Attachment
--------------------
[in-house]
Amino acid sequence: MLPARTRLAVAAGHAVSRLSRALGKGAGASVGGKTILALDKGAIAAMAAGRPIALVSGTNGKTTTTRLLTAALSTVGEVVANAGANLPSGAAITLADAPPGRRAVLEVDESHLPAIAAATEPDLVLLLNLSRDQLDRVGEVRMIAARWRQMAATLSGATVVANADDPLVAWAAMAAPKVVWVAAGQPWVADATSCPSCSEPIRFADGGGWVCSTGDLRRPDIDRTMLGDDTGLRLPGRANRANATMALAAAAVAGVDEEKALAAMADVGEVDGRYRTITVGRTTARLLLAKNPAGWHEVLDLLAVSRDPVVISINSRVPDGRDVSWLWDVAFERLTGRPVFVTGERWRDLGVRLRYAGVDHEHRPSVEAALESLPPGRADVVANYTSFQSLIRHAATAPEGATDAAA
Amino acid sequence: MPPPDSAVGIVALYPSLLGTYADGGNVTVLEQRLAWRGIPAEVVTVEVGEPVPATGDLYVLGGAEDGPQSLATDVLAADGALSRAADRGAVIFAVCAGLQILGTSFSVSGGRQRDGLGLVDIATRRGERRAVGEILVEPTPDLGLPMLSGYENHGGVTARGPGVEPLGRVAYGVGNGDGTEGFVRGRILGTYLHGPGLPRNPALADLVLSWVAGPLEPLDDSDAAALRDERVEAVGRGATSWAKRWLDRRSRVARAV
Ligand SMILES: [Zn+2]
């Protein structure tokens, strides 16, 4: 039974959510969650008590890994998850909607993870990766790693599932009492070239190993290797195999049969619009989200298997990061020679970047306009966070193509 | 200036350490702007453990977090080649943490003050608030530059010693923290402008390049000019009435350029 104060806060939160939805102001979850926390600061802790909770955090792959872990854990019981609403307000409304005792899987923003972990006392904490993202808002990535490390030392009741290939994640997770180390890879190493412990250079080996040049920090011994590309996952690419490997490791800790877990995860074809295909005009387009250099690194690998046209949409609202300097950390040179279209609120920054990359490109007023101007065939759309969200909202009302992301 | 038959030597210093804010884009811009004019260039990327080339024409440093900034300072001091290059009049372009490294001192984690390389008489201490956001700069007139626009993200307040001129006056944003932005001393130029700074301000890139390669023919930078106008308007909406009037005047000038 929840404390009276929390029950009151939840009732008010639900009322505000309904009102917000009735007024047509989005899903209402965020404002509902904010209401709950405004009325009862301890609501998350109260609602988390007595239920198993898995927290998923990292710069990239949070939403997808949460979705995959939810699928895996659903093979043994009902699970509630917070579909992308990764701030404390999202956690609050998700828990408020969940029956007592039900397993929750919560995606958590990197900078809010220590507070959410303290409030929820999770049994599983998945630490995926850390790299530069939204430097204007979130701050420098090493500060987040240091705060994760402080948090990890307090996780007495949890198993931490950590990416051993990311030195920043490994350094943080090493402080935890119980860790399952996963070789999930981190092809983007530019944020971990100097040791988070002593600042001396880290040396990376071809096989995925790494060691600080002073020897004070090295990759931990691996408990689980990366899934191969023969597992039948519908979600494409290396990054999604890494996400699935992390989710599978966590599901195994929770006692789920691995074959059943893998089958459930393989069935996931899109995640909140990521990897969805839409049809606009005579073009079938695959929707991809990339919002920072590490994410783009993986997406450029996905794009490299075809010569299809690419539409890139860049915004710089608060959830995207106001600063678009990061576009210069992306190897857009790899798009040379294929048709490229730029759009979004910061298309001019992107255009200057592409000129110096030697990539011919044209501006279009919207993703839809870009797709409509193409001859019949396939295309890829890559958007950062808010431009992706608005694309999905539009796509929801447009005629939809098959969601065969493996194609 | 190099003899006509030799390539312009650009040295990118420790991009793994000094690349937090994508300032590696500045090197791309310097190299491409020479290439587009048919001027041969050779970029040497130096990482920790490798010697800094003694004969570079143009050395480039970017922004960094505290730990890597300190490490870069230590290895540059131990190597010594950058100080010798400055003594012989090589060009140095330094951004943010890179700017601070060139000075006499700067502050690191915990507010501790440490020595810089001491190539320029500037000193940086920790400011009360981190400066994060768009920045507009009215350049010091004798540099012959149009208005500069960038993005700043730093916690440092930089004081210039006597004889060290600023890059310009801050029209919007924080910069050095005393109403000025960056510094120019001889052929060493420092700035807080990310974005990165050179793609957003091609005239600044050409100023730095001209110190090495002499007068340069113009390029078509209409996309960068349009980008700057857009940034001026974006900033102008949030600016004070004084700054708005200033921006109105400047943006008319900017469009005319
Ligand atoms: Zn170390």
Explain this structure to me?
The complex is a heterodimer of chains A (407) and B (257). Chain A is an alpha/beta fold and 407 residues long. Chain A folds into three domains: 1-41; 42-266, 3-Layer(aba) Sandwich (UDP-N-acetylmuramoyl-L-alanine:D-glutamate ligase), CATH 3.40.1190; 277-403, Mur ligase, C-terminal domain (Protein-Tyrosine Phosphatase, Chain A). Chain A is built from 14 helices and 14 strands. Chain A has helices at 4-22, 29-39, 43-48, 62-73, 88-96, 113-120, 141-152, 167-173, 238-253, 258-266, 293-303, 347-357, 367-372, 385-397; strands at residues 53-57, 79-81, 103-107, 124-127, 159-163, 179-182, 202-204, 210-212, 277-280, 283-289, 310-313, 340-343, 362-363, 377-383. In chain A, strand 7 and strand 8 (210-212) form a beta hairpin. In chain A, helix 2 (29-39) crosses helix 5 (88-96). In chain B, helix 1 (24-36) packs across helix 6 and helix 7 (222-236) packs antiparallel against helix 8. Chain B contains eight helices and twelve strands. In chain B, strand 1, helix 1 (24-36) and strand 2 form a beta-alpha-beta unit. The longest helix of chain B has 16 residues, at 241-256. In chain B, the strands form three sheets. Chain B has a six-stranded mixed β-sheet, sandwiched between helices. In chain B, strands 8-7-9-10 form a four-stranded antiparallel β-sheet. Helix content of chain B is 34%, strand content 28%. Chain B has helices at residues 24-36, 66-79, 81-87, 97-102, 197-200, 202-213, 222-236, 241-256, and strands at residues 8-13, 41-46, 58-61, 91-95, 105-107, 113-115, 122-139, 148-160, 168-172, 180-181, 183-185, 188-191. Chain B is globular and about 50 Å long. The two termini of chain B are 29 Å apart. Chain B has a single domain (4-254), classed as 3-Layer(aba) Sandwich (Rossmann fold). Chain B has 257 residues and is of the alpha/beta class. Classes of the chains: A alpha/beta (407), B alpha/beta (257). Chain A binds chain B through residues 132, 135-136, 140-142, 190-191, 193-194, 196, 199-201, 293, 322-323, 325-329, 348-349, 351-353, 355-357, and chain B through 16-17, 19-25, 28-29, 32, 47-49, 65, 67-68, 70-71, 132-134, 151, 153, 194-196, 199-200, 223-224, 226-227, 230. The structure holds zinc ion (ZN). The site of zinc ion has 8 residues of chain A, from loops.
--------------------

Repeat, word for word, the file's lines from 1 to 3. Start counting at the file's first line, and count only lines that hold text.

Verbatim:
[in-house]
Amino acid sequence: MLPARTRLAVAAGHAVSRLSRALGKGAGASVGGKTILALDKGAIAAMAAGRPIALVSGTNGKTTTTRLLTAALSTVGEVVANAGANLPSGAAITLADAPPGRRAVLEVDESHLPAIAAATEPDLVLLLNLSRDQLDRVGEVRMIAARWRQMAATLSGATVVANADDPLVAWAAMAAPKVVWVAAGQPWVADATSCPSCSEPIRFADGGGWVCSTGDLRRPDIDRTMLGDDTGLRLPGRANRANATMALAAAAVAGVDEEKALAAMADVGEVDGRYRTITVGRTTARLLLAKNPAGWHEVLDLLAVSRDPVVISINSRVPDGRDVSWLWDVAFERLTGRPVFVTGERWRDLGVRLRYAGVDHEHRPSVEAALESLPPGRADVVANYTSFQSLIRHAATAPEGATDAAA
Amino acid sequence: MPPPDSAVGIVALYPSLLGTYADGGNVTVLEQRLAWRGIPAEVVTVEVGEPVPATGDLYVLGGAEDGPQSLATDVLAADGALSRAADRGAVIFAVCAGLQILGTSFSVSGGRQRDGLGLVDIATRRGERRAVGEILVEPTPDLGLPMLSGYENHGGVTARGPGVEPLGRVAYGVGNGDGTEGFVRGRILGTYLHGPGLPRNPALADLVLSWVAGPLEPLDDSDAAALRDERVEAVGRGATSWAKRWLDRRSRVARAV